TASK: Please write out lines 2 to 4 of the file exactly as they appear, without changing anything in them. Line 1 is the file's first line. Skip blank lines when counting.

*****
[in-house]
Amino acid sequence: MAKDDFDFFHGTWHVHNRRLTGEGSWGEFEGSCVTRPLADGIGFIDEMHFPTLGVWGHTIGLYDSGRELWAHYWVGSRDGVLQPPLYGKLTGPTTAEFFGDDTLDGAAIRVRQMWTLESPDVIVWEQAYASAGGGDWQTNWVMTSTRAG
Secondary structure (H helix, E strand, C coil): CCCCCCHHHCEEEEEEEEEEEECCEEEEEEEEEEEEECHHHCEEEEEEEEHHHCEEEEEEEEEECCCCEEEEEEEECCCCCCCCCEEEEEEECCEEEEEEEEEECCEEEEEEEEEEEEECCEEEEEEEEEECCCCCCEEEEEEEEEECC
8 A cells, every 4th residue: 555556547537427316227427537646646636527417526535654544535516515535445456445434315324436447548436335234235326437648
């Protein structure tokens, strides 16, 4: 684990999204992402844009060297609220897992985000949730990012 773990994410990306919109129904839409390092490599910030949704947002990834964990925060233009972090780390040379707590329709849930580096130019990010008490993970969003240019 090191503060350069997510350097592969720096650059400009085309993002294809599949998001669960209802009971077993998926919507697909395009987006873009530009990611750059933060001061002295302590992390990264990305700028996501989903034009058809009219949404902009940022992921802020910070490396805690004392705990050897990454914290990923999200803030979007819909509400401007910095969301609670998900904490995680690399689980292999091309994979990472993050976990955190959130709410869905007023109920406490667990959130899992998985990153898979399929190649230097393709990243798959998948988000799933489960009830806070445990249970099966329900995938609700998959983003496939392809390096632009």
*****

Amino acid sequence: MAKDDFDFFHGTWHVHNRRLTGEGSWGEFEGSCVTRPLADGIGFIDEMHFPTLGVWGHTIGLYDSGRELWAHYWVGSRDGVLQPPLYGKLTGPTTAEFFGDDTLDGAAIRVRQMWTLESPDVIVWEQAYASAGGGDWQTNWVMTSTRAG
Secondary structure (H helix, E strand, C coil): CCCCCCHHHCEEEEEEEEEEEECCEEEEEEEEEEEEECHHHCEEEEEEEEHHHCEEEEEEEEEECCCCEEEEEEEECCCCCCCCCEEEEEEECCEEEEEEEEEECCEEEEEEEEEEEEECCEEEEEEEEEECCCCCCEEEEEEEEEECC
8 A cells, every 4th residue: 555556547537427316227427537646646636527417526535654544535516515535445456445434315324436447548436335234235326437648